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James Harrison Reveals He Nearly Retired Before 2004 Season



Former Steelers LB James Harrison

Former Pittsburgh Steeler James Harrison is one of the team’s most legendary outside linebackers. Initially joining the team as an undrafted free agent in 2002, it took him years to catch on with the squad full time, but starting in 2004, he was a long-term fixture of the Pittsburgh defense that won Super Bowls XL and XLIII. Harrison had the most memorable play of the latter game, with a 100-yard interception return for a touchdown just before the half, serving as one of the top plays in NFL history. Harrison was named the NFL Defensive Player of the Year in 2008, a four-time All-Pro and a five-time Pro Bowler.

All of those impressive accolades wouldn’t have occurred if Harrison quit football prior to the 2004 season. Harrison was cut four times, which had him contemplating his life’s work.

“Between 2002 and 2003, I was sent to NFL Europe. So I went to NFL Europe, I came back from NFL Europe, Baltimore actually sent me to NFL Europe, and when I came back, they released me. So that’s about Year 2, so it’s 2002, 2003, I’ve been cut 4-5 times now,” Harrison told Rob King of in a recent interview. “I’m just sitting there waiting, and I’m like, you know what, If I don’t get picked up, then (this) was just not meant to be and I’m gonna move on, get a regular job like everyone else, work my 40-50 hours a week, and call it a day. That year, Clark Haggans, he breaks his hand about a week before training camp, and the rest is history, so to speak.”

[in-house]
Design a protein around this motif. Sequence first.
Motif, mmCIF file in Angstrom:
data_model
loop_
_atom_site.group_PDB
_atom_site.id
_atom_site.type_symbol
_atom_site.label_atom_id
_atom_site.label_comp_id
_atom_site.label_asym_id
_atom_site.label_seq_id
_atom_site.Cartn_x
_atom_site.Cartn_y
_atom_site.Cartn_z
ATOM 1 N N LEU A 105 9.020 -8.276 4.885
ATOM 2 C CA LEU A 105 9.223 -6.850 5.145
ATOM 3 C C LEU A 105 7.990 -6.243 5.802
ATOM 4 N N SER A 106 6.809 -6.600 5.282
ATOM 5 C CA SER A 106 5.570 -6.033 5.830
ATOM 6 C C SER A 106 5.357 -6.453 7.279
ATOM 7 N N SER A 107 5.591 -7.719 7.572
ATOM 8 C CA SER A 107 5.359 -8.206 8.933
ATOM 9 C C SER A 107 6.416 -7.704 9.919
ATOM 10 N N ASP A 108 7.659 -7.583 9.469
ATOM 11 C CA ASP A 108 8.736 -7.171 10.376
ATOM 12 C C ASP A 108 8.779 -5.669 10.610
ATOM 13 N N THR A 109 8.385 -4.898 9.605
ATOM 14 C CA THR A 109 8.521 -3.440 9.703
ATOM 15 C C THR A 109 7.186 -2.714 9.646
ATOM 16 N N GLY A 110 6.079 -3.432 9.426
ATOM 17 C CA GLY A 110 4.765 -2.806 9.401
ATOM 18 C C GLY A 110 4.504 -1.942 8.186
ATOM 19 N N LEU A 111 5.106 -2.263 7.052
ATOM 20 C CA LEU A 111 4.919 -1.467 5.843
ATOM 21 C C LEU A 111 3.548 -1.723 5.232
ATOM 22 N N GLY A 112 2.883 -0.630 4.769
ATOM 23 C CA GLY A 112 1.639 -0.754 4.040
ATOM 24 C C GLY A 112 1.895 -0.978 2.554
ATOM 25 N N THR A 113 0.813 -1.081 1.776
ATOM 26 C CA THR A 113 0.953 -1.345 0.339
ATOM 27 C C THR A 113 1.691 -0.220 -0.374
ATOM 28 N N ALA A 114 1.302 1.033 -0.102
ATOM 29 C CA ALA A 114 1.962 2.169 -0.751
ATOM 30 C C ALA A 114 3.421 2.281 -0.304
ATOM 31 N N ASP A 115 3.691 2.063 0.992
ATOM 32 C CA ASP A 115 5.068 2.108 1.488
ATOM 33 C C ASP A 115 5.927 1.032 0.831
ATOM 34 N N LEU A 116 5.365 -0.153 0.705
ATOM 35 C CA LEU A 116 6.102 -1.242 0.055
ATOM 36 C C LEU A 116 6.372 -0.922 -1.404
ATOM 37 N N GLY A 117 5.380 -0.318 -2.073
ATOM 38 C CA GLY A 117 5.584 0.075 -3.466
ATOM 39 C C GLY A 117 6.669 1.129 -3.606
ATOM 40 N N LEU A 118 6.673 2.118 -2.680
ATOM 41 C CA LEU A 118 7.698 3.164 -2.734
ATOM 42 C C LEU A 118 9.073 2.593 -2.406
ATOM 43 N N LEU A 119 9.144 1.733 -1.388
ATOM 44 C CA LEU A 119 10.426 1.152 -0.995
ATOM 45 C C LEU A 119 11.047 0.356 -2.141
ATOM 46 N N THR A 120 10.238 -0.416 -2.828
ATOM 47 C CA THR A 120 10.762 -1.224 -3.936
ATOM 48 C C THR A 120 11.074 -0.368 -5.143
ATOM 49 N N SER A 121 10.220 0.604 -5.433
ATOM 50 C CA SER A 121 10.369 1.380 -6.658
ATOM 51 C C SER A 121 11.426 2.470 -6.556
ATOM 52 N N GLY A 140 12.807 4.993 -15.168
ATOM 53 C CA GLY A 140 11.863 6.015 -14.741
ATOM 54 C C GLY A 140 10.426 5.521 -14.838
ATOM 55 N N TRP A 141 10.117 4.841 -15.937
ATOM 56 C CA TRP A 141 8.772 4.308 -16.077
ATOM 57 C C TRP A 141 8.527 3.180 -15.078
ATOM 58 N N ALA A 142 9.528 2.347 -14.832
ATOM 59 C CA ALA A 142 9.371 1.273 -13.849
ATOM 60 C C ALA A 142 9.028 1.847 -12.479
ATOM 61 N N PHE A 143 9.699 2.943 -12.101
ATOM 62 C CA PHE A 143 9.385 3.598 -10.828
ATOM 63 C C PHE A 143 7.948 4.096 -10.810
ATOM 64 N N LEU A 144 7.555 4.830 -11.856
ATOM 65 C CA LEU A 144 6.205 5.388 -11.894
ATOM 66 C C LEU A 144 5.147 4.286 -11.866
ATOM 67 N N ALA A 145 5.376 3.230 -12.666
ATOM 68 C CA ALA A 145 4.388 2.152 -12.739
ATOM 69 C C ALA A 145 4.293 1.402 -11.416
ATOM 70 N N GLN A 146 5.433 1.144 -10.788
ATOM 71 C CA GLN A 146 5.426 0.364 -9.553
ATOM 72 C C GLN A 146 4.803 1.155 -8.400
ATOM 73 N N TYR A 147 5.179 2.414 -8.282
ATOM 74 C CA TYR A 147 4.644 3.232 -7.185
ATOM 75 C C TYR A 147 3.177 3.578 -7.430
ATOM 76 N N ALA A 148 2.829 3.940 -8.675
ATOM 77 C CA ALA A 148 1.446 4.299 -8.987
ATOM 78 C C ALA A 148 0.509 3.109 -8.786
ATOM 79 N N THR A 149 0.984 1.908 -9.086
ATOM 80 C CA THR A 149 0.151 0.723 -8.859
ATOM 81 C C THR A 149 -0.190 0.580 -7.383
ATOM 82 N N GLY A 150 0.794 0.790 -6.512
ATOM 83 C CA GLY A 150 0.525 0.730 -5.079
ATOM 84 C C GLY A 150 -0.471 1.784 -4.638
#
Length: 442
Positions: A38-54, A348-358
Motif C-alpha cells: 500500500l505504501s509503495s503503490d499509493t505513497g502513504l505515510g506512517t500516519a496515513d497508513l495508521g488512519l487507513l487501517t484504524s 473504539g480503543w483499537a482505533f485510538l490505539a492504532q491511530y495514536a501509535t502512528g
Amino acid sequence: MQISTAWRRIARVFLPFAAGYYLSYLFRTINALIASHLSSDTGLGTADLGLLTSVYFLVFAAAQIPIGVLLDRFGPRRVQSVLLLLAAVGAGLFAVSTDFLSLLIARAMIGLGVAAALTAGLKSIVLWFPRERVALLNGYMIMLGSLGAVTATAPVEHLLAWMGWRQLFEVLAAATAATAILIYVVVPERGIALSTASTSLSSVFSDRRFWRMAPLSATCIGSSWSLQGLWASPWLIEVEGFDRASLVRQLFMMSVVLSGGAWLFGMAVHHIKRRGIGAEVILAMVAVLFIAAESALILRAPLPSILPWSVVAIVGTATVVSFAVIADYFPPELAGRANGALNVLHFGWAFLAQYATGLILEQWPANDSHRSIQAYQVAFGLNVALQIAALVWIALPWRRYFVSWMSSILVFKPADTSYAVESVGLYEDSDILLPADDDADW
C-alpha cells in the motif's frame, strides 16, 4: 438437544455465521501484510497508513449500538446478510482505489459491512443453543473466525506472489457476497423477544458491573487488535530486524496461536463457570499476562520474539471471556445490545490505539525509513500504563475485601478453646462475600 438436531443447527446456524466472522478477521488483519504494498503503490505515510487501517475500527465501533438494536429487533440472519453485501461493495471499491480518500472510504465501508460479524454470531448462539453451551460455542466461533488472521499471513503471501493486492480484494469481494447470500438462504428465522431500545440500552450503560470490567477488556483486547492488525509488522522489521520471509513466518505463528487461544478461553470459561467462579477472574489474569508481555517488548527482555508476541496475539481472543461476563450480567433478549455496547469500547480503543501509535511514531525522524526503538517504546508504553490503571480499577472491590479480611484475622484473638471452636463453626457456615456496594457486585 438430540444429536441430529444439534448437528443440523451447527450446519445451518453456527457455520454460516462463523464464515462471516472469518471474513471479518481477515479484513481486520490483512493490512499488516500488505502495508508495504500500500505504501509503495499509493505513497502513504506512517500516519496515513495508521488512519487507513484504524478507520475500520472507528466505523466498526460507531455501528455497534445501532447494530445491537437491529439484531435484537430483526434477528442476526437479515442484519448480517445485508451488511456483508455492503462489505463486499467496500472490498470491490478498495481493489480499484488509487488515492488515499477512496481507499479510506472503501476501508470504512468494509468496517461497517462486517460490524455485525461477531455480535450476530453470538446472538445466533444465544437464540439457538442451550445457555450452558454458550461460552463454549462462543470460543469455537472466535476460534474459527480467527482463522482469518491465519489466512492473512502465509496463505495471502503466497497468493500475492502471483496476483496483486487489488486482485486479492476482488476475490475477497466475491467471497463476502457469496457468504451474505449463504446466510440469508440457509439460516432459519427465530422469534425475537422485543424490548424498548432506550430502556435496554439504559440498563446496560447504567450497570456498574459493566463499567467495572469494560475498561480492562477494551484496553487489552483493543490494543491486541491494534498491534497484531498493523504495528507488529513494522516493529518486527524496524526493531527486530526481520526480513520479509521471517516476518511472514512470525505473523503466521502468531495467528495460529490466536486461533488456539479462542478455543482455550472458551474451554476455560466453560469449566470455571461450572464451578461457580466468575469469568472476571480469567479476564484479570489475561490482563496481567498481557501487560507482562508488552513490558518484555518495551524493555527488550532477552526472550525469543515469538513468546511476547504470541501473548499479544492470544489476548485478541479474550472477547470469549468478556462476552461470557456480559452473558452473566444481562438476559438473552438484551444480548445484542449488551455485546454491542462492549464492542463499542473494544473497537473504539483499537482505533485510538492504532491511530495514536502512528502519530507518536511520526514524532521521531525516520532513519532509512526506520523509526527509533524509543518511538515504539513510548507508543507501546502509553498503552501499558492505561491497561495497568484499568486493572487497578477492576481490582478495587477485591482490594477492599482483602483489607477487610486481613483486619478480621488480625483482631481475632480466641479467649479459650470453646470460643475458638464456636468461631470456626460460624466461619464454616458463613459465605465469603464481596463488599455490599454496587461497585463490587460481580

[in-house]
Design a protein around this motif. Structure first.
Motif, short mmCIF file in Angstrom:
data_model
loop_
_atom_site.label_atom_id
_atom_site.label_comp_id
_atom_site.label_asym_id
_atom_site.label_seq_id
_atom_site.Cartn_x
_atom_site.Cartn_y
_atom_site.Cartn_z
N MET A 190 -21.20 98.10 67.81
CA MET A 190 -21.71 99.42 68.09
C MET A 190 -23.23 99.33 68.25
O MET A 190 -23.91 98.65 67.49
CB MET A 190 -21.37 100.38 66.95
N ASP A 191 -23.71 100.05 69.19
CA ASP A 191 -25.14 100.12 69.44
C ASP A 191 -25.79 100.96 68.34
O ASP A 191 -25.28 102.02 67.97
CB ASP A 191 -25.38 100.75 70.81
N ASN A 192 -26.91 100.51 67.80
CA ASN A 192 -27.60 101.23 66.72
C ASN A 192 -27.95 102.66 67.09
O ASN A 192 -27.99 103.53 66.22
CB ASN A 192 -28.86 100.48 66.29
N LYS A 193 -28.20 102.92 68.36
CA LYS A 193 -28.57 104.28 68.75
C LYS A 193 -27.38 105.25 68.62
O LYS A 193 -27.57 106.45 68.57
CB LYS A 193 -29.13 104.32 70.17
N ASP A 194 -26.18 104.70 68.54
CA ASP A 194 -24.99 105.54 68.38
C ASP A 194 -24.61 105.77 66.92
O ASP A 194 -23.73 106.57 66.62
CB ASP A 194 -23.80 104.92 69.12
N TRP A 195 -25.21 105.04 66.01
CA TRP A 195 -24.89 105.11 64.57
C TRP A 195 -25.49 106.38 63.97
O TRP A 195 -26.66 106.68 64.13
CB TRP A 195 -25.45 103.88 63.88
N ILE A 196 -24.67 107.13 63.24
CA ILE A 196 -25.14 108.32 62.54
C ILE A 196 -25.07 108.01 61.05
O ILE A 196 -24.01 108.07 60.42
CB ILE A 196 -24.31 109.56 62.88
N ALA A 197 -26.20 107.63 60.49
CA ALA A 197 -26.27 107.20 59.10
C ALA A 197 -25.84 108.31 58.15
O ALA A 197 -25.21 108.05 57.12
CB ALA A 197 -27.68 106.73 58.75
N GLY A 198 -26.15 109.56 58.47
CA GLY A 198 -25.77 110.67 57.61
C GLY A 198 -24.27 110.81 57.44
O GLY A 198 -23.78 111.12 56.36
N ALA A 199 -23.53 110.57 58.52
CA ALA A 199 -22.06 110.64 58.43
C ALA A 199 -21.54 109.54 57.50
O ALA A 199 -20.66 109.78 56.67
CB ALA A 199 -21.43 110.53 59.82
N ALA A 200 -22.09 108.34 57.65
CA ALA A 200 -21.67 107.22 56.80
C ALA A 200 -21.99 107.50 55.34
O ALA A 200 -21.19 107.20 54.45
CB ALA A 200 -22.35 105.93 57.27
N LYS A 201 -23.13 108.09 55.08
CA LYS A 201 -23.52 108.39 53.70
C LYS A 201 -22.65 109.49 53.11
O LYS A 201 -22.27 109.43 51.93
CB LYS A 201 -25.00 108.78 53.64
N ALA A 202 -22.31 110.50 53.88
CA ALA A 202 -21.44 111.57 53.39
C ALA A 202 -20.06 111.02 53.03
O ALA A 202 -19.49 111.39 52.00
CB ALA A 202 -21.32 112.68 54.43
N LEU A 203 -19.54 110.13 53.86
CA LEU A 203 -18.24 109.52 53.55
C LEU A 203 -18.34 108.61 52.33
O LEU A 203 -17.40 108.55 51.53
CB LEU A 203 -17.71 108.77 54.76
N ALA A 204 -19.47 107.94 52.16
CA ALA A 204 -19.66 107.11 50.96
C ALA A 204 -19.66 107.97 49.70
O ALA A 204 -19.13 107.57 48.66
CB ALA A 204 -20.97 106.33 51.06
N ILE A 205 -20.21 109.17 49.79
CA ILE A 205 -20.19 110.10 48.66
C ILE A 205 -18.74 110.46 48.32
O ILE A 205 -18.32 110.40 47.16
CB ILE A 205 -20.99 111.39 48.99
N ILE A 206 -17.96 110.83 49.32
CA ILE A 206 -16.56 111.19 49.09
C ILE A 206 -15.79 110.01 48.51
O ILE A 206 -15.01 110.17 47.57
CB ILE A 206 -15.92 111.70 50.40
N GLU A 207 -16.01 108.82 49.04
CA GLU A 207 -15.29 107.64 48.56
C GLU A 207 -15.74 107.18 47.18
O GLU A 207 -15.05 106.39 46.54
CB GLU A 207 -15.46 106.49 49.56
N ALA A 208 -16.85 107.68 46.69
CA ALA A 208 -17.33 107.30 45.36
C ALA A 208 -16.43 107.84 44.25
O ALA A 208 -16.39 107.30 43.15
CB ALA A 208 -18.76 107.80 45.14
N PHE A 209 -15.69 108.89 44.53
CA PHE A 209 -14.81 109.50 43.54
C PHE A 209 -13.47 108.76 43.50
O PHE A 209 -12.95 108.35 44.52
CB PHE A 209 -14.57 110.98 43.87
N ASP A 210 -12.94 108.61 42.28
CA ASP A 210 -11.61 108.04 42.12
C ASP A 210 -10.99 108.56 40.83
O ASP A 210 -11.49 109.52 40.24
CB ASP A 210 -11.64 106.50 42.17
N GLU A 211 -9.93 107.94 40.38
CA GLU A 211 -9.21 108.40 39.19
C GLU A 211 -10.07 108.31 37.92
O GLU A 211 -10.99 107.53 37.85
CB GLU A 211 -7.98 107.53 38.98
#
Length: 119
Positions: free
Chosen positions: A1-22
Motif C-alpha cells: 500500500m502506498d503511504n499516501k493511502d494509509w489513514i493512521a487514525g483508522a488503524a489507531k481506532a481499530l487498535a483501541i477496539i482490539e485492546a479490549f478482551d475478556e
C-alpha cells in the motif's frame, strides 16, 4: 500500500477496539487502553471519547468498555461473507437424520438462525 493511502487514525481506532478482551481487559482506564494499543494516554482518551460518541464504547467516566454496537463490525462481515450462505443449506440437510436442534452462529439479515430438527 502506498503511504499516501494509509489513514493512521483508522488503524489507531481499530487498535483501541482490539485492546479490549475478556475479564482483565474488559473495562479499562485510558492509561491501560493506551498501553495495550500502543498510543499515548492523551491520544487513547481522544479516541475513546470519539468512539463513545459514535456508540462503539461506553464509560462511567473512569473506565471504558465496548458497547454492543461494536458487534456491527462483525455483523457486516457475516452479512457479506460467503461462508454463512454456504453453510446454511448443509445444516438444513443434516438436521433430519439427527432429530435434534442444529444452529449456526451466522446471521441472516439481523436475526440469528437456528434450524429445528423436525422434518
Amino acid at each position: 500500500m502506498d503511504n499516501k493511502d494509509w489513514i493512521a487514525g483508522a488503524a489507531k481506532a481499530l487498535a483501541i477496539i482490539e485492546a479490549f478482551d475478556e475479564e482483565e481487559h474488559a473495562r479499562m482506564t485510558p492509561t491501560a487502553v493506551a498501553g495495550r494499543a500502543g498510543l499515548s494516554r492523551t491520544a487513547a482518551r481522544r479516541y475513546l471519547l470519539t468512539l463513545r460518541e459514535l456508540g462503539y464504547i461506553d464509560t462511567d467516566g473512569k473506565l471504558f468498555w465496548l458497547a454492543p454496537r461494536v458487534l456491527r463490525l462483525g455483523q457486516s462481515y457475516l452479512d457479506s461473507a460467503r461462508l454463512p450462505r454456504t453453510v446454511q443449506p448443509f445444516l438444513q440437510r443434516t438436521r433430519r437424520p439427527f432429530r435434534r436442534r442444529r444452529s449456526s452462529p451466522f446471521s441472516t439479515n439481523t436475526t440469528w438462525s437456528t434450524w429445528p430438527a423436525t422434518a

Harrison got his first career start in Week 10 of the 2004 season in Cleveland after Joey Porter Sr. got ejected for a pregame fight with Browns running back William Green. Harrison balled out, recording six solo tackles, a sack and two tackles for loss.

Harrison served as a core special teams player and backup outside linebacker from 2004-2006, before replacing Porter at the right outside linebacker position in 2007. Harrison broke out in a Week 9 game against the Baltimore Ravens in 2007 on Monday Night Football at Heinz Field, recording 10 tackles, six QB hits, 3.5 sacks, three forced fumbles, one fumble recovery and one interception in a Steelers’ 38-7 win.

Harrison is one of the top players under the microscope each year when it comes time to decide who will head to Canton, Ohio, for enshrinement into the Pro Football Hall of Fame.

But when talking with TMZ Sports last September, Harrison shot down his candidacy. The biggest reason why Harrison does not see himself as Hall of Fame material? It’s the counting stats. That is one place where Harrison falls short of the Hall of Fame mark with 84.5 career sacks and 34 forced fumbles.

“As far as Hall of Fame, you know, it’s a lot of things that goes into that,” Harrison said “And I believe numbers is one of those things, you know? And when you look at my numbers, they just don’t, for me, they don’t equate to what the numbers should be.”

Those numbers have kept mainly Harrison out of the Hall of Fame until now. Will he make it at some point? Chances are the answer to that is yes down the road. Harrison may see himself with a bust in Canton. His iconic plays stand up, and his peak is among the most dominant reigns of terror in that generation of players.

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